ATD Blog

Designing a Global Leadership Program That Gets the CFO’s Attention

Wednesday, June 22, 2016

At the ATD 2016 International Conference & Exposition in Denver, Terrence Donahue, corporate director of learning for Emerson Electric, and Roy Pollock, chief learning officer of the 6Ds Company, presented on Emerson’s new global leadership program, Leading at Emerson. The program has many innovative features, but what makes it unique is how it got the attention of the CEO of this $23 billion global manufacturing company.

In the session, Donahue and Pollock explained how the team revitalized Emerson’s Leading at Emerson program. To do so, they introduced two new concepts: learning scrap and the need to move the finish line. The idea of learning scrap particularly resonated with senior leadership. They understood the cost of manufacturing scrap, and worked hard to track and eliminate it in their facilities. But they had not considered that learning scrap—training people receive but never use—was equally, if not more, expensive than manufacturing scrap.

Reducing learning scrap required the company to “move the finish line” for training by recognizing that the real work starts when the Leading at Emerson ends. Participants need to take what they learned and apply it to their day-to-day roles in ways that enhance their effectiveness and improve the productivity of their teams.

To underscore that point, the CFO recorded a video in which he reminds Leading at Emerson participants that the training represents an investment Emerson is making in their future. He charges them to set a meaningful goal for improving their leadership, work on it diligently, and report their progress on a capstone call.

When redesigning the Leading at Emerson program, the team used the 6Ds approach throughout the process, from concept through global implementation.

The first principle of 6Ds is to define the business outcomes. In redesigning Leading at Emerson, Donahue asked the senior management to complete the phrase, “Leading at Emerson will be a success when . . . ” The results were four key outcomes about how the program would contribute to the company’s success. These became the “true north,” which guided all the decisions about the program’s structure and execution.


The second principle is to design the complete experience, not just what happens in the classroom. At Emerson, this meant giving as much attention to the preparation, implementation, and achievement phases of learning as to the instruction itself. The concept of the new finish line is emphasized throughout, beginning in the course description.

The third principle, deliver for application, means to teach in ways that facilitate application back on the job. This principle is reflected in Learning at Emerson in the following ways:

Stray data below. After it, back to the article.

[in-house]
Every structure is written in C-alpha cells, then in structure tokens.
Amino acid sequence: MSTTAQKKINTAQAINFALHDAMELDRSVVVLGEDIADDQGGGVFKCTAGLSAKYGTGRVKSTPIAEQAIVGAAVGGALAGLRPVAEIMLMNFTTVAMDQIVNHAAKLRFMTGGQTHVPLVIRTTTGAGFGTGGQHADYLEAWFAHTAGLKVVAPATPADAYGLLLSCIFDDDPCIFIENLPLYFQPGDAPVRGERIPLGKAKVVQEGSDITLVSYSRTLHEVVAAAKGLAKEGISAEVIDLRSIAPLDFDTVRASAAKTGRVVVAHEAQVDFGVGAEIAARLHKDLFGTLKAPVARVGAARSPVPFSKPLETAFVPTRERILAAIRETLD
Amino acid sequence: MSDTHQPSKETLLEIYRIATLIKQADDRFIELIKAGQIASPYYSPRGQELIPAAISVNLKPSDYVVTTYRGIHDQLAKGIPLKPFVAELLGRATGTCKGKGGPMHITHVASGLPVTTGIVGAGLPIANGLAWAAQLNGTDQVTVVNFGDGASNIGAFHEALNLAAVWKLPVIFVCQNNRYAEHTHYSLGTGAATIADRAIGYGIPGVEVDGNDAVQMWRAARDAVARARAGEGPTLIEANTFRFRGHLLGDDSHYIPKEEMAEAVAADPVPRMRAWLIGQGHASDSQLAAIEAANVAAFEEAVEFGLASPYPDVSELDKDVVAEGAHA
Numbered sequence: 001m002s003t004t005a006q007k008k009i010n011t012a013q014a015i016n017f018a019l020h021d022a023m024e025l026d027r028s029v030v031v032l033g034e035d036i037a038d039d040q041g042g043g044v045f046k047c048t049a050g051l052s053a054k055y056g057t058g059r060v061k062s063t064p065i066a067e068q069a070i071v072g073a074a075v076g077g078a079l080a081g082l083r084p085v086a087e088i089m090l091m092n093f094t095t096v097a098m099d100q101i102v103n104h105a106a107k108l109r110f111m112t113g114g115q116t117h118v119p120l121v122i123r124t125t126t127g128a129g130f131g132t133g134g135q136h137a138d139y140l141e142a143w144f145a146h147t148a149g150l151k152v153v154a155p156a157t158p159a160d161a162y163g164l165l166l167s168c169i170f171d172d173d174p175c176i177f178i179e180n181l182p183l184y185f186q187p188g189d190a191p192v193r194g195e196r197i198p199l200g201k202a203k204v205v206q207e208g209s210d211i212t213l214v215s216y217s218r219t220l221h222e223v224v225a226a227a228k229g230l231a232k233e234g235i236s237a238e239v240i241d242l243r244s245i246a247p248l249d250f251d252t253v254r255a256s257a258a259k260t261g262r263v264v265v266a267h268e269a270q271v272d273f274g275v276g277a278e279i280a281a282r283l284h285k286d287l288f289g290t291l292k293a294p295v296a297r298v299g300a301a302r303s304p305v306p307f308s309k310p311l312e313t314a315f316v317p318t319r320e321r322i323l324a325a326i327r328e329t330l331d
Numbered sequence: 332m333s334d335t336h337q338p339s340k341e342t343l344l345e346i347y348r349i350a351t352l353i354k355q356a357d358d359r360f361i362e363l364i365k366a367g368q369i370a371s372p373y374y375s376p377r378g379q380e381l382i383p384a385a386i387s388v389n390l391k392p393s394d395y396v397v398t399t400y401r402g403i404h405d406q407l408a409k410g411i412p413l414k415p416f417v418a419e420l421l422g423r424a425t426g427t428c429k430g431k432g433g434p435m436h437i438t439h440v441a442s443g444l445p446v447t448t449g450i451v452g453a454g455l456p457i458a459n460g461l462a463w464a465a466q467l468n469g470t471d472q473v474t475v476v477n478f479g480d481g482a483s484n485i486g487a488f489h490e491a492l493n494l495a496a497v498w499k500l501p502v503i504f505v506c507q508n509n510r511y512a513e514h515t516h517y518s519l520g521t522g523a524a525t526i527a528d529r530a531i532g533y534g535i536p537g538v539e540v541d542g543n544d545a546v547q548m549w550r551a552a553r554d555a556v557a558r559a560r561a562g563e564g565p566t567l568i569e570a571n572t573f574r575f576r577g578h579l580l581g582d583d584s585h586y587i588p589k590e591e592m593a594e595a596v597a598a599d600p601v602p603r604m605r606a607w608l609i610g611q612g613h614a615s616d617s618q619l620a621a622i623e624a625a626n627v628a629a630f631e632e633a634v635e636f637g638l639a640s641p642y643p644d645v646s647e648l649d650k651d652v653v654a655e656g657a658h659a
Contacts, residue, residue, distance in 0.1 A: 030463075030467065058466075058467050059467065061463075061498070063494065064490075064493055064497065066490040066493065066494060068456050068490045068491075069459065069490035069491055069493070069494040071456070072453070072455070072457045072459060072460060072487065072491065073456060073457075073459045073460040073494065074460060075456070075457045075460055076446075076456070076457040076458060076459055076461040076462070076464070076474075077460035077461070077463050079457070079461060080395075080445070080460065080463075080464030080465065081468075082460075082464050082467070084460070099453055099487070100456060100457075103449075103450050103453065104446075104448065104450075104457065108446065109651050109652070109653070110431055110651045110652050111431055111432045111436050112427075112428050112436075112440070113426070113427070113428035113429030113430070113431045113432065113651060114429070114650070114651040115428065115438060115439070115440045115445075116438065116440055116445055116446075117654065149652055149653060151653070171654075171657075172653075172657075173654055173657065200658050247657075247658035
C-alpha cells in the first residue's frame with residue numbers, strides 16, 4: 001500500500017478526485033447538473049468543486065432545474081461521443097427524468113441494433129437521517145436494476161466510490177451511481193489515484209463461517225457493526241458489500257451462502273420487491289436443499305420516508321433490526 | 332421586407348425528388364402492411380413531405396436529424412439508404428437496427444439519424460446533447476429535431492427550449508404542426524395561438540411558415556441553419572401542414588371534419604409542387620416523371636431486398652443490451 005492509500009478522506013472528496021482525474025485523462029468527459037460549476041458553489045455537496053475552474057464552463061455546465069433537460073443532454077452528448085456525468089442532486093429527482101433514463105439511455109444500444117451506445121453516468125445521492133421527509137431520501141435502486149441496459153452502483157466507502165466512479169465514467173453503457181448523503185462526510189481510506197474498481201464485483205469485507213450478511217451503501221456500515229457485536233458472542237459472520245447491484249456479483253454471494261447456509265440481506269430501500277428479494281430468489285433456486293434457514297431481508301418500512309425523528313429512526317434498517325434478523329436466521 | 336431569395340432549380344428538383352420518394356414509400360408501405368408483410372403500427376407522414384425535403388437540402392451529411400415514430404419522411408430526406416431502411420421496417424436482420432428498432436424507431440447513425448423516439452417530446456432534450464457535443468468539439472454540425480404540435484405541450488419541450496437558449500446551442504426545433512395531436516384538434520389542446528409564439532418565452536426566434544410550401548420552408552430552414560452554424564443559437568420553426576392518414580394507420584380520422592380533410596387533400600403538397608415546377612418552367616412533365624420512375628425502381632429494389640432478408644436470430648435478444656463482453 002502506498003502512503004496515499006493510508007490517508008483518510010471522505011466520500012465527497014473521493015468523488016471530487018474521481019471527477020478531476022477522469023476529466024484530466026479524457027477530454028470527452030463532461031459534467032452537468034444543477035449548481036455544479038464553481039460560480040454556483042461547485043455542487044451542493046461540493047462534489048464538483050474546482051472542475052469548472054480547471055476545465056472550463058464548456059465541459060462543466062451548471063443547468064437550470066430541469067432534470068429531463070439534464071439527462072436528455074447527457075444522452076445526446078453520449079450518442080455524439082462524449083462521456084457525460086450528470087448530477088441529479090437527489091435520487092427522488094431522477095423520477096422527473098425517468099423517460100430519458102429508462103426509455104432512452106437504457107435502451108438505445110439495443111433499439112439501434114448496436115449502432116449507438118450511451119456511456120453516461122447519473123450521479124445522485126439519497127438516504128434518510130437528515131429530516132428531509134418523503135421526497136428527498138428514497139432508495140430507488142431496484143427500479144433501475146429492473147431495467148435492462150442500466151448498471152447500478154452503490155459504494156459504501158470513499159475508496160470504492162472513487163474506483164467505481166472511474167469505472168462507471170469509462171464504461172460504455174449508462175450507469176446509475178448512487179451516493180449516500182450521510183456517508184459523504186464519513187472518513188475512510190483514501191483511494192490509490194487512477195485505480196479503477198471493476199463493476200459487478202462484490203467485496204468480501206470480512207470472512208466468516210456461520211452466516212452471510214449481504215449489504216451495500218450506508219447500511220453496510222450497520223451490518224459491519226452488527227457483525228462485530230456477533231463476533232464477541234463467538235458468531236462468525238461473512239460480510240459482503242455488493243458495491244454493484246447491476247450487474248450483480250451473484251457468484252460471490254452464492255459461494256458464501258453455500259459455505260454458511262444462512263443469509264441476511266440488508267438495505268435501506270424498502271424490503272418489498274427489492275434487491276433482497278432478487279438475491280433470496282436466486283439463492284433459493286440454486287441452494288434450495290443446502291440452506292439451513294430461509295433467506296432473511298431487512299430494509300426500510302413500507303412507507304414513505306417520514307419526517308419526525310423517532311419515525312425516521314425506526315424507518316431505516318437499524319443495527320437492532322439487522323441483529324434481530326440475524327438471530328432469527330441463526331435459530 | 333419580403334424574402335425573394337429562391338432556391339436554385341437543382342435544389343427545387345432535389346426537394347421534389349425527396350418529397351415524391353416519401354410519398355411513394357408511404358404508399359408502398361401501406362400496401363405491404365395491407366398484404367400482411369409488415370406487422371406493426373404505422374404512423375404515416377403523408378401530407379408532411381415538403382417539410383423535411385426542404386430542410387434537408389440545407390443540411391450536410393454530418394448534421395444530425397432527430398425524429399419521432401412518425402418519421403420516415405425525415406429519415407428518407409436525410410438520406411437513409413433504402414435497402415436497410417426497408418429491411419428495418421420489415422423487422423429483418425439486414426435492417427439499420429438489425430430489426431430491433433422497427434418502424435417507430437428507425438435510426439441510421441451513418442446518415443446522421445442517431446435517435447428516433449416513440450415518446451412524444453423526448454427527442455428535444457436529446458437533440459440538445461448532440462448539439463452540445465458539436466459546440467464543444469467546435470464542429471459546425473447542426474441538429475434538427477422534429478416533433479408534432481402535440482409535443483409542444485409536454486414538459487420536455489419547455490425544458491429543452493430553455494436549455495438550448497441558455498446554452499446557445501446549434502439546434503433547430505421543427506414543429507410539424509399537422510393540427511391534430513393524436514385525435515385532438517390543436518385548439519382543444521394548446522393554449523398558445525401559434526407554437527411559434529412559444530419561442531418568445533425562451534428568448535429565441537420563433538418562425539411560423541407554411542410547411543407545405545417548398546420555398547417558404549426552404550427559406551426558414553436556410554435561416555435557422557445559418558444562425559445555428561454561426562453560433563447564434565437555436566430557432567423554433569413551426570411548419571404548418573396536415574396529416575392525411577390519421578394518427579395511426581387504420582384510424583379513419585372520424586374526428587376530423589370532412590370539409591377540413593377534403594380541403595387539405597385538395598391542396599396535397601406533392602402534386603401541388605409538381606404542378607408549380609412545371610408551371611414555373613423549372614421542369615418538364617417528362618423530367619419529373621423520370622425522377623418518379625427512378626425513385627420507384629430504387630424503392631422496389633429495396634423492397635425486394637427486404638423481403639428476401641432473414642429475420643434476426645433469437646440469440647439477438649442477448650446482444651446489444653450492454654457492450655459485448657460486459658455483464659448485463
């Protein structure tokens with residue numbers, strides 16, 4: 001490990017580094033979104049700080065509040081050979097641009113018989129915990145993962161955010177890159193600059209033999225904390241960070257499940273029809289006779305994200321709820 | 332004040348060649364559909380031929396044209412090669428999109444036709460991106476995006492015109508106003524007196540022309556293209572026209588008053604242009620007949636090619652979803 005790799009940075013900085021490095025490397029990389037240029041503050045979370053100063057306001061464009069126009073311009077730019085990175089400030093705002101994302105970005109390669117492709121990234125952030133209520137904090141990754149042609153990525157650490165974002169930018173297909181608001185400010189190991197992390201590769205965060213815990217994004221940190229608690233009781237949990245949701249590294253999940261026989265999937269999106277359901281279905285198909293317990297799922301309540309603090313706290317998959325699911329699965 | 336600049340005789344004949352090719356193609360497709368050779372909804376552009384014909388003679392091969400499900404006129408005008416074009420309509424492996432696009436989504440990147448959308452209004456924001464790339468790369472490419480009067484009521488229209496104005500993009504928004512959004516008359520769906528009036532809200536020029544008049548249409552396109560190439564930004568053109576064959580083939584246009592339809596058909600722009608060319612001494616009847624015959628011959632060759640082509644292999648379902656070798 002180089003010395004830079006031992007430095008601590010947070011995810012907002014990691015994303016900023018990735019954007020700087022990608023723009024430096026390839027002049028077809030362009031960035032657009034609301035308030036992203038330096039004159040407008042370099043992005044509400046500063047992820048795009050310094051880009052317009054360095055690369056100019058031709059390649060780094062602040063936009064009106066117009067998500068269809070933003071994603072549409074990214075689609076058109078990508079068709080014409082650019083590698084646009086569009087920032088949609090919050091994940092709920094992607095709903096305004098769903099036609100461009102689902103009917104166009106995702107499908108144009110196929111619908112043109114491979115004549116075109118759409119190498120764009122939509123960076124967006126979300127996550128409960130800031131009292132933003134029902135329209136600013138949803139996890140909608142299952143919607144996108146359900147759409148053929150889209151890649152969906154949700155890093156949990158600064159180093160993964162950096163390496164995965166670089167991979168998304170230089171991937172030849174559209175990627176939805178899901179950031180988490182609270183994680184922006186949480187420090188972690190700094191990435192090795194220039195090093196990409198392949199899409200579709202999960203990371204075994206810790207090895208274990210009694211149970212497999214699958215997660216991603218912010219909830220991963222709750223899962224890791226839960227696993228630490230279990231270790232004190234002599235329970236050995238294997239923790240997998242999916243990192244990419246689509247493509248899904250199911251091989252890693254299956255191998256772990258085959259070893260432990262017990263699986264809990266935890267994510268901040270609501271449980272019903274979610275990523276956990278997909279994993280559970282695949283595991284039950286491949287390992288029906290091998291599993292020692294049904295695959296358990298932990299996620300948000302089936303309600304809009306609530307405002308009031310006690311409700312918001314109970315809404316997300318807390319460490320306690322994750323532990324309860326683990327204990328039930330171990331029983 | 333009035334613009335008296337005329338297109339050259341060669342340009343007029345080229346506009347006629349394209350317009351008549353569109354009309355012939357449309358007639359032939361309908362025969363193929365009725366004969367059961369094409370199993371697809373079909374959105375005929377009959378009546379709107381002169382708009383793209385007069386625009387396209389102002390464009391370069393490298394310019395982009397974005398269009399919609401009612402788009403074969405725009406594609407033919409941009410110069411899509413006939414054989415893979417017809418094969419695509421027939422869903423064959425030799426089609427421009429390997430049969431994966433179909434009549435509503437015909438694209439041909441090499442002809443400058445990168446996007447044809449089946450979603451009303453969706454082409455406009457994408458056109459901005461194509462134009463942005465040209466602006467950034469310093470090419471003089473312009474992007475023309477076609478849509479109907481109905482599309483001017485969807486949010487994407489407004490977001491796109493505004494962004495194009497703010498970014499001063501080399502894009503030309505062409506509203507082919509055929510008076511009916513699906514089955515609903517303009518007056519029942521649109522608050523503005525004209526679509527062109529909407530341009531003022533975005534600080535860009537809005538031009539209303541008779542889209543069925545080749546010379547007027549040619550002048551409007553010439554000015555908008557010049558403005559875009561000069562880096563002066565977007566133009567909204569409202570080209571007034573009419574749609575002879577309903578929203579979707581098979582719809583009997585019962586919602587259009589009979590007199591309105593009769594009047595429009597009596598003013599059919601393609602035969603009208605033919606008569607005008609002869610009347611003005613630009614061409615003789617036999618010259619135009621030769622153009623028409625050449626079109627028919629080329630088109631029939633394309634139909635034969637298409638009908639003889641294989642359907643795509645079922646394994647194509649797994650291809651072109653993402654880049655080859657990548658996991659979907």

• two-thirds of the workshop involves practice and feedback
  • participant materials are designed around job aids
  • 80 percent of the sentences in the material begin with action verbs
  • the course utilizes 27 different instructional methods.

The fourth principle is to drive learning transfer, rather than leave it to chance and individual initiative. In the Leading at Emerson program, transfer begins with the call to action video from the CFO. A transfer-of-training strategy is woven into each module. Participants also conduct a post-workshop briefing with their manager within one week and work toward a report-out after 12 weeks.


The fifth principle is to deploy performance support to encourage continued effort and increase the probability of success. The team included QR codes in participant materials, which link to short videos that reinforce the key points of each topic, and refer back to specific page numbers and job aids in the participant guide. To underscore the global nature of the program, the videos feature trainers from different regions and countries.

The sixth and final principle is to document the results, both to highlight the value created by the program but also to identify opportunities for continuous improvement. The main vehicle for demonstrating results from Leading at Emerson is the capstone call, which is held 12 weeks after the program. On that call, leaders report on their goals and accomplishments as a result of applying what they learned. Every week current and emerging leaders report compelling, credible, and relevant business outcomes catalyzed by their global leadership development experience.

“The title ‘valued business partner’ has to be earned,” explains Donahue. “When the CFO accuses us (in the nicest of terms) of ‘moving the price tags on learning and development’ to deliver value to the company, its employees, and its shareholders, then we’ve done our job.”

Download Donahue and Pollock’s complete ATD 2016 presentation, How to Raise the Value of Global Leadership Development (With the CFO’s Help!). You can learn more about the 6Ds in ATD’s Learning Transfer Certificate program and The Six Disciplines of Breakthrough Learning.  

About the Author

Katherine Xu is the specialist for ATD Global at Association for Talent Development (ATD), the world's largest association dedicated to those who develop talent in organizations. She supports the ATD Global department by facilitating the exchange of knowledge among the global learning and development community. She also helps manage the Global Perspectives topic, where she supports professionals around the world to share regional best practices, conduct global benchmarking, and discuss cross-cultural and global talent development issues. Katherine graduated from The George Washington University with a Master of Professional Studies in Public Relations.

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